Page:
Paul McCartney, Third Man Records Release Mini-Doc ‘McCartney/333’ in Honor of 2020 LP

On November 3, two musical entities that need no introduction, Sir Paul McCartney and Jack White’s Third Man Records, released a new mini-documentary, McCartney/333. This documentary details the behind-the-scenes process of the vinyl pressing for the former Beatle’s limited release “333 Edition” of his 2020 solo album, McCartney III, which he produced with Third Man.

According to a statement about the new work: “The documentary specifically illuminates the process by which vinyl copies of 1970’s McCartney and 1980’s McCartney II were broken down and reformed into 333 limited-edition copies of McCartney III at Third Man Pressing. Several Third Man Records employees, including co-founder Ben Swank, are interviewed for the film alongside esteemed Rolling Stone journalist Rob Sheffield, all spliced in alongside footage of McCartney creating the album in his studio.”

Check out the mini-doc below.

To accompany the 2020 “333 Edition,” McCartney and Third Man also recently released the “3333 Edition,” an indie record store exclusive of 3,333 copies pressed on yellow-and-black splatter vinyl. You can check that out here.

For McCartney, 2020 marked 50 years since his first solo release, McCartney. He hadn’t planned to release new work but when the COVID-19 pandemic and ensuing lockdown struck, the songwriter began tinkering.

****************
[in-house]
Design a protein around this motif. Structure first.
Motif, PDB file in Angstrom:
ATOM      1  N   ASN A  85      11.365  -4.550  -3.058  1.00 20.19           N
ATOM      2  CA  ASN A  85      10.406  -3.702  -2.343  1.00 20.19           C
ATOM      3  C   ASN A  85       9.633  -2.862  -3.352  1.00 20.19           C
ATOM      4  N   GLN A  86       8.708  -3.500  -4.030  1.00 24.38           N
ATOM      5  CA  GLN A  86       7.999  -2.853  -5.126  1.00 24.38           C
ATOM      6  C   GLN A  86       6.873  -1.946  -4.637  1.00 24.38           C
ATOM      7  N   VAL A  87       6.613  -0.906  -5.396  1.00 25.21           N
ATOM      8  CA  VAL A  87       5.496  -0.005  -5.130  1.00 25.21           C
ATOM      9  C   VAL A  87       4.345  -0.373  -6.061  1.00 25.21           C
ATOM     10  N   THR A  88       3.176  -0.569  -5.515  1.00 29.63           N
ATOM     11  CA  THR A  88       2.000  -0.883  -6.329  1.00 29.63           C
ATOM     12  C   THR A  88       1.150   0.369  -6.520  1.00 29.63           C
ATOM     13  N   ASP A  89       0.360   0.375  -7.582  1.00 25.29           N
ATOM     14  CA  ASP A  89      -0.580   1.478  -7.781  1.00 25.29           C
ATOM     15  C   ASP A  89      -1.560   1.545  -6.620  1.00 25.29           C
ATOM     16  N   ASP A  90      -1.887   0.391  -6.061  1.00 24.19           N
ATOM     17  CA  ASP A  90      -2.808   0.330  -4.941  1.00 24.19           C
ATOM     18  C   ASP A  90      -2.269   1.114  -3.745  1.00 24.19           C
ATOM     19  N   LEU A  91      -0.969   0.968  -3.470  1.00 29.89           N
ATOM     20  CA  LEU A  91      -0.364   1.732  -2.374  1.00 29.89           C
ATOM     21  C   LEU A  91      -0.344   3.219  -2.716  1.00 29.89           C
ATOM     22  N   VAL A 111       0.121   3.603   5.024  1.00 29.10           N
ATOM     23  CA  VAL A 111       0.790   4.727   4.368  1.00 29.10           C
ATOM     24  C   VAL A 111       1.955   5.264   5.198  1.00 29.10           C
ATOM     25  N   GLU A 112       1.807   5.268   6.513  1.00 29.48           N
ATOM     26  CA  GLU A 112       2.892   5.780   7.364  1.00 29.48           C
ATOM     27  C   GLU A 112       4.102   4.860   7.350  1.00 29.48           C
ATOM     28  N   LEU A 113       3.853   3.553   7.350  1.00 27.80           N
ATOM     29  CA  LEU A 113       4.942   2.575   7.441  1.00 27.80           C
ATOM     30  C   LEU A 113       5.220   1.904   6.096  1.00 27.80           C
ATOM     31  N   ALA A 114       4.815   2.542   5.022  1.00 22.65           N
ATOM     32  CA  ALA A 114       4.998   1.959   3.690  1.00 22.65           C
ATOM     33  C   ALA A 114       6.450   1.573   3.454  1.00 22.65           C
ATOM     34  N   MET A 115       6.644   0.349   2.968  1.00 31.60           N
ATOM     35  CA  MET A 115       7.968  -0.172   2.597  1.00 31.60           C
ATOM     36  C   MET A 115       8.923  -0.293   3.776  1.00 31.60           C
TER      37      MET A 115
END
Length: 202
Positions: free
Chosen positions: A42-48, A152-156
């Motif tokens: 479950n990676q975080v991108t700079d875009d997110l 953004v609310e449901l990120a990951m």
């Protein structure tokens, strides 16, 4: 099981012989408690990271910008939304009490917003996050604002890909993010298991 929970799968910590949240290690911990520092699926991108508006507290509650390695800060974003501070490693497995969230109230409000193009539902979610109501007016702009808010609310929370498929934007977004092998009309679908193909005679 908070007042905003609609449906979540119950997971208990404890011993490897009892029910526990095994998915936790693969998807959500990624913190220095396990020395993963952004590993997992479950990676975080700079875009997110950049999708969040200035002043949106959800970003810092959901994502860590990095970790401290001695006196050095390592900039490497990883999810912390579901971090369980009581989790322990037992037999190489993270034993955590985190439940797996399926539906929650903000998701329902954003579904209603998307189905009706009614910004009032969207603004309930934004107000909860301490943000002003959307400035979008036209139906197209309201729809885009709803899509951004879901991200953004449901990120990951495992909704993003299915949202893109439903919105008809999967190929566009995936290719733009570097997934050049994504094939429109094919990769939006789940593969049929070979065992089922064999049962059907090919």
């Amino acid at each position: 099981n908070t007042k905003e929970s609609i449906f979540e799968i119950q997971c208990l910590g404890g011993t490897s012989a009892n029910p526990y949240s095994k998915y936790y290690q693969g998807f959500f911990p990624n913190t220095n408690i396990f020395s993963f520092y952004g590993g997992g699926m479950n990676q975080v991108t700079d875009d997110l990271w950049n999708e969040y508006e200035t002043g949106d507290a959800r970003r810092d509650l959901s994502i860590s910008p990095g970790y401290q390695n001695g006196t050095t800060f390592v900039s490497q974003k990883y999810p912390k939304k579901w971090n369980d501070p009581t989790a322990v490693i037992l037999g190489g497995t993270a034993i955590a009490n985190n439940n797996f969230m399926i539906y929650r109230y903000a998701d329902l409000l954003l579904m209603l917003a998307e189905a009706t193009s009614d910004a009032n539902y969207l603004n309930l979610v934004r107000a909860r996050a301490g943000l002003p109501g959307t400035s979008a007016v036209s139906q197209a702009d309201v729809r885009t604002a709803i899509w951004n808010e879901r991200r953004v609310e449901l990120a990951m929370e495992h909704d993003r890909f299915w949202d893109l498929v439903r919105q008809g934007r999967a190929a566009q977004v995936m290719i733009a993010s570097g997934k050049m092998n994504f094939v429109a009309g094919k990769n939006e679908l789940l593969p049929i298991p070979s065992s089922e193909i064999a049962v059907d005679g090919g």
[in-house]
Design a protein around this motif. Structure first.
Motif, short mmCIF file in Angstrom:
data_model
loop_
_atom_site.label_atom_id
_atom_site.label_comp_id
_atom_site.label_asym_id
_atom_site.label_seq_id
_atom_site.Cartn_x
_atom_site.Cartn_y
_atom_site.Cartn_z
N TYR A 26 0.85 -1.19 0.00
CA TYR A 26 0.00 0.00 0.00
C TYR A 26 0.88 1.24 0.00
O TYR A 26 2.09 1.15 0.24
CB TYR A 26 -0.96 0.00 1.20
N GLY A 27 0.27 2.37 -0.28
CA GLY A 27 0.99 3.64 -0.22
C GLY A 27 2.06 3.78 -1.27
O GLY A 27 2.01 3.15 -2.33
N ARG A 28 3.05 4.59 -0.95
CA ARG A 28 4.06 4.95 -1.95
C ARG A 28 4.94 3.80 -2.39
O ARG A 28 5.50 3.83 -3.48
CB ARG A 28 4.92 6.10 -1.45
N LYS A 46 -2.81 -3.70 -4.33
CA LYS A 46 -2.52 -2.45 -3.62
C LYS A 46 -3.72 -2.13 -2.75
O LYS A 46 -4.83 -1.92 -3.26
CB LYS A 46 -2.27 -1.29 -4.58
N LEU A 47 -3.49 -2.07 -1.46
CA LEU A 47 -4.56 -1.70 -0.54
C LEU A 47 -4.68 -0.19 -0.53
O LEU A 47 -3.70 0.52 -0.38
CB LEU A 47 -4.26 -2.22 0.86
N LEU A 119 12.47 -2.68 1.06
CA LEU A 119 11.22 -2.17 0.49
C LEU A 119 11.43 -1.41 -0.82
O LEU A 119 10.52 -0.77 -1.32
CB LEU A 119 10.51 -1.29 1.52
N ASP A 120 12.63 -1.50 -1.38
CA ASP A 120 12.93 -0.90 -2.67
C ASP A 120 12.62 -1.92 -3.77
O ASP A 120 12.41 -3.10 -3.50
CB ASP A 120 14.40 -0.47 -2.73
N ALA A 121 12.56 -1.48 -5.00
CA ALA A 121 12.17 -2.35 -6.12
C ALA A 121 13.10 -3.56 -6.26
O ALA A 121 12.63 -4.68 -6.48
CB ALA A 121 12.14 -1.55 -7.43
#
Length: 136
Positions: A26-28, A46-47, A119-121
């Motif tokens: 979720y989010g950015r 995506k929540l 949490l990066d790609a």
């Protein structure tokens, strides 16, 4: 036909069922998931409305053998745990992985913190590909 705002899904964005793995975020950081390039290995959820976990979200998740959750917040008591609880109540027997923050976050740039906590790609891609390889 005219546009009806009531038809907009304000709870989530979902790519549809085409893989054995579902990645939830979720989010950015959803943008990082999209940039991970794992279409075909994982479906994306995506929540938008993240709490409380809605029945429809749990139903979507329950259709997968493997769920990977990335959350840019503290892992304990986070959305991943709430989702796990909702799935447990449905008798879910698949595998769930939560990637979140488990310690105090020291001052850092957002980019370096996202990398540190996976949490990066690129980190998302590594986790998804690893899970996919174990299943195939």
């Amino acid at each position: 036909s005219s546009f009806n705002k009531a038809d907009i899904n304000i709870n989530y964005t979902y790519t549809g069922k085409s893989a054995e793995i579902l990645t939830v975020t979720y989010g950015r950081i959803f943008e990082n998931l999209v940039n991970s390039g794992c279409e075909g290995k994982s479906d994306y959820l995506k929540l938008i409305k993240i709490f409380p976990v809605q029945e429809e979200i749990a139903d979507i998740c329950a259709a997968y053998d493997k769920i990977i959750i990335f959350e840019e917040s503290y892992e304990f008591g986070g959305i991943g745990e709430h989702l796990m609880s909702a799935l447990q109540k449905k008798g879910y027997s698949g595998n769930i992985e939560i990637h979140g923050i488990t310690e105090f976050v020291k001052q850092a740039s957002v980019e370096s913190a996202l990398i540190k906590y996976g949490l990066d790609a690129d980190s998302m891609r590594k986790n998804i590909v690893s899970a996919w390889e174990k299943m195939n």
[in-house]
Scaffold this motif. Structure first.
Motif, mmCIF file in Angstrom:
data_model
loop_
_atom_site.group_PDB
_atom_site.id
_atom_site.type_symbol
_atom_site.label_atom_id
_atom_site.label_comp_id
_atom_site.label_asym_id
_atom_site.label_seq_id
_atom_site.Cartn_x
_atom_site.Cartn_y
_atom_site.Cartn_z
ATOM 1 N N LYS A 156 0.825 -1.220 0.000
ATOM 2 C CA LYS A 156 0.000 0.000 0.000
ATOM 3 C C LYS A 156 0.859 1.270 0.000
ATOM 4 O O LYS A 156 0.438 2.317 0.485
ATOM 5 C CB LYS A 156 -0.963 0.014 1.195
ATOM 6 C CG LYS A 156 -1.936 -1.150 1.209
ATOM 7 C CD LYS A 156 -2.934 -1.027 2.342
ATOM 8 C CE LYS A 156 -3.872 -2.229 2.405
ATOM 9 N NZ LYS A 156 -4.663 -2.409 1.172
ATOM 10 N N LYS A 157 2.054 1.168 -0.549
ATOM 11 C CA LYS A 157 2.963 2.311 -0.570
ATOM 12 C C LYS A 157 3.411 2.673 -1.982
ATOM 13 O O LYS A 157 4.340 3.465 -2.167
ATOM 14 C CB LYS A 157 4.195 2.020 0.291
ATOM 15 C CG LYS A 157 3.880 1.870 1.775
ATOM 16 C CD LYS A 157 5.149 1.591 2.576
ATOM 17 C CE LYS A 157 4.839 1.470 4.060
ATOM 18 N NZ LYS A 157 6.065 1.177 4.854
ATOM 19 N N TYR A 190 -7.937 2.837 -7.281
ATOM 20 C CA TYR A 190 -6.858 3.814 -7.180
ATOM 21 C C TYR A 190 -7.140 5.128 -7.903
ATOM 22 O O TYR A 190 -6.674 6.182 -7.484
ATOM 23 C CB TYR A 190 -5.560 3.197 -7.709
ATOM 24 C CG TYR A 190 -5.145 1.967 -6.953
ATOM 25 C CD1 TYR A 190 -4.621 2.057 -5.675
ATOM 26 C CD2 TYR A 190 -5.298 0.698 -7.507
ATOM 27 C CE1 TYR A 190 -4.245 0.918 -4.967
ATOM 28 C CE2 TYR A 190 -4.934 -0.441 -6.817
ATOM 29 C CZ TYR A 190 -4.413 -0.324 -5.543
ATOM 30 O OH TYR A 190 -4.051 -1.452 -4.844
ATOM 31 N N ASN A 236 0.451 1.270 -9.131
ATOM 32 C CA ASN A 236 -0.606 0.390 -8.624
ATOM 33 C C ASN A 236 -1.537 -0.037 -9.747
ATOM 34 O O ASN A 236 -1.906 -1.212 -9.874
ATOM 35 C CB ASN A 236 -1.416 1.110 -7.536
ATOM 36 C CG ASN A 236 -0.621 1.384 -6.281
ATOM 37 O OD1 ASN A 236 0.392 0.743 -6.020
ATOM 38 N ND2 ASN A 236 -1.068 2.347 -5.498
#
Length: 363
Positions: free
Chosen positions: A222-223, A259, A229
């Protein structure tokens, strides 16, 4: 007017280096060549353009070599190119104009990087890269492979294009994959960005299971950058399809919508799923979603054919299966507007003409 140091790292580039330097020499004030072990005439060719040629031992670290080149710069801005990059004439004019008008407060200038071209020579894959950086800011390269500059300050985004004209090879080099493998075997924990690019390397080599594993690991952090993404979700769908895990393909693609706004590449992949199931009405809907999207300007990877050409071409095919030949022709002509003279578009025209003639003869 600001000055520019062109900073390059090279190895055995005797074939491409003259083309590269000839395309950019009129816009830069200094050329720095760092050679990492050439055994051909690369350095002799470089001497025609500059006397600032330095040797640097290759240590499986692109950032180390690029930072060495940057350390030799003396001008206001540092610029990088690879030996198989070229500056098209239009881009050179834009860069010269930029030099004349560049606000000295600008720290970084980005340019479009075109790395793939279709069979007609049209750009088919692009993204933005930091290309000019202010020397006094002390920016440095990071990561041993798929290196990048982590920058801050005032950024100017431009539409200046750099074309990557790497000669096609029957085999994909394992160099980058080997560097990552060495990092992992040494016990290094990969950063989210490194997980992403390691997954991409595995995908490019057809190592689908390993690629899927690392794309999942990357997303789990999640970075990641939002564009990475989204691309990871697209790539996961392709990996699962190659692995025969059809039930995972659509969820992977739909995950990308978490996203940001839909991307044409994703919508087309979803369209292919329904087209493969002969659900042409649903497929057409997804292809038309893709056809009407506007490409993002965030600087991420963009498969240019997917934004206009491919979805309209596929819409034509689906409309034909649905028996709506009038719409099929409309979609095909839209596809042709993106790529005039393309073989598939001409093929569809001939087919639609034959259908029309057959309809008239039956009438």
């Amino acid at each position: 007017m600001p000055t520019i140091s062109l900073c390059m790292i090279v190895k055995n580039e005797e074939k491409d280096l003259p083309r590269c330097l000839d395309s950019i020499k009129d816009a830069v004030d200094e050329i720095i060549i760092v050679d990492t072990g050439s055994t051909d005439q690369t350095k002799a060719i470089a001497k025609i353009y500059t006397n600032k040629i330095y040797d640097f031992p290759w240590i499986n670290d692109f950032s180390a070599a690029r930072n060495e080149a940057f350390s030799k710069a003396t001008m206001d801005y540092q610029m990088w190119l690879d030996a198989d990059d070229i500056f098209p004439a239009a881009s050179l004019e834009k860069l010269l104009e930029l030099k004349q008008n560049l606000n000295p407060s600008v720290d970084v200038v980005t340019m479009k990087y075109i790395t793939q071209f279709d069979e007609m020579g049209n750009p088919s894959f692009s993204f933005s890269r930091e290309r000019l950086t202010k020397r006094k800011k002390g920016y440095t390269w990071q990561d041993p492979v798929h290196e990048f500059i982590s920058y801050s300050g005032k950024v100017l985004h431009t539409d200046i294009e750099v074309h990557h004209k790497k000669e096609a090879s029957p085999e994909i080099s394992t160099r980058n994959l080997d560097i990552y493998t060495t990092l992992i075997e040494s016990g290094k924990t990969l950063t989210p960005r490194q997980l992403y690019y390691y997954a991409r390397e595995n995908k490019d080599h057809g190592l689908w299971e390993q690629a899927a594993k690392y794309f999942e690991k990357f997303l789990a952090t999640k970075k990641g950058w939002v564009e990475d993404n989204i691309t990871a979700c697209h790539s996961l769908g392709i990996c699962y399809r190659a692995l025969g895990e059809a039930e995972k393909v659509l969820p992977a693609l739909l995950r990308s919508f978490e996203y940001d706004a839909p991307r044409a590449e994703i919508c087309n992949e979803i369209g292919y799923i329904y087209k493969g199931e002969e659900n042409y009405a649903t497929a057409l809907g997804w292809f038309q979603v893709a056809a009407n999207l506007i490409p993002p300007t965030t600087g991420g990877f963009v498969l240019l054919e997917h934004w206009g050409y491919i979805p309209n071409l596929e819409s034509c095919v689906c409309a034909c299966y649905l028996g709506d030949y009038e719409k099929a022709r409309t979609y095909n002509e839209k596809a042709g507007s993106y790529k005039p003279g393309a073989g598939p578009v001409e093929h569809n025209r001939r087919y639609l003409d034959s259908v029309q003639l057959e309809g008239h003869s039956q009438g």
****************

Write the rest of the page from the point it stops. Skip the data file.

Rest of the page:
Recorded in 2020 in Sussex, England, McCartney III is mostly built from live takes of the former Beatle on vocals and guitar or piano, overdubbing rhythm parts.

“I was living lockdown life on my farm with my family,” said the 79-year-old Liverpool-born McCartney in a statement, “and I would go to my studio every day. I had to do a little bit of work on some film music and that turned into the opening track and then when it was done I thought what will I do next?

“I had some stuff I’d worked on over the years but sometimes time would run out and it would be left half-finished so I started thinking about what I had. Each day I’d start recording with the instrument I wrote the song on and then gradually layer it all up, it was a lot of fun. It was about making music for yourself rather than making music that has to do a job. So, I just did stuff I fancied doing. I had no idea this would end up as an album.”


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